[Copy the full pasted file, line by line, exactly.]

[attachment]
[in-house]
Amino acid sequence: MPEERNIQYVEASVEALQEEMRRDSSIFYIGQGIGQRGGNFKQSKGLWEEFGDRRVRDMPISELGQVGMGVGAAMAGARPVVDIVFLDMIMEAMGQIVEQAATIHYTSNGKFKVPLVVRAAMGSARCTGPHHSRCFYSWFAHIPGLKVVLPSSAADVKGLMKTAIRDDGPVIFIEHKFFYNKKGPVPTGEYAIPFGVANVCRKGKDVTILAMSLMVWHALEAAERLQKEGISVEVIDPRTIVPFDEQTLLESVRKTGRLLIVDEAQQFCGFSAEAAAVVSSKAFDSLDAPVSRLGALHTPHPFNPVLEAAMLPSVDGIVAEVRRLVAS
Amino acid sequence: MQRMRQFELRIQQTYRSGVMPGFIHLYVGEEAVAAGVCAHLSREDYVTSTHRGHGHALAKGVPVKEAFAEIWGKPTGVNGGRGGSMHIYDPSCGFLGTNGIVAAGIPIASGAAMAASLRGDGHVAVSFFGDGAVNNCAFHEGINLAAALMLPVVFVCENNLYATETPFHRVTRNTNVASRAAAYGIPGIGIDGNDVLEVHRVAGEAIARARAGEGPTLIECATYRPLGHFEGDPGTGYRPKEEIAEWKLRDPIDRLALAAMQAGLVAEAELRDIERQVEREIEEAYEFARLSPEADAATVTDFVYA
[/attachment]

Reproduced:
[in-house]
Amino acid sequence: MPEERNIQYVEASVEALQEEMRRDSSIFYIGQGIGQRGGNFKQSKGLWEEFGDRRVRDMPISELGQVGMGVGAAMAGARPVVDIVFLDMIMEAMGQIVEQAATIHYTSNGKFKVPLVVRAAMGSARCTGPHHSRCFYSWFAHIPGLKVVLPSSAADVKGLMKTAIRDDGPVIFIEHKFFYNKKGPVPTGEYAIPFGVANVCRKGKDVTILAMSLMVWHALEAAERLQKEGISVEVIDPRTIVPFDEQTLLESVRKTGRLLIVDEAQQFCGFSAEAAAVVSSKAFDSLDAPVSRLGALHTPHPFNPVLEAAMLPSVDGIVAEVRRLVAS
Amino acid sequence: MQRMRQFELRIQQTYRSGVMPGFIHLYVGEEAVAAGVCAHLSREDYVTSTHRGHGHALAKGVPVKEAFAEIWGKPTGVNGGRGGSMHIYDPSCGFLGTNGIVAAGIPIASGAAMAASLRGDGHVAVSFFGDGAVNNCAFHEGINLAAALMLPVVFVCENNLYATETPFHRVTRNTNVASRAAAYGIPGIGIDGNDVLEVHRVAGEAIARARAGEGPTLIECATYRPLGHFEGDPGTGYRPKEEIAEWKLRDPIDRLALAAMQAGLVAEAELRDIERQVEREIEEAYEFARLSPEADAATVTDFVYA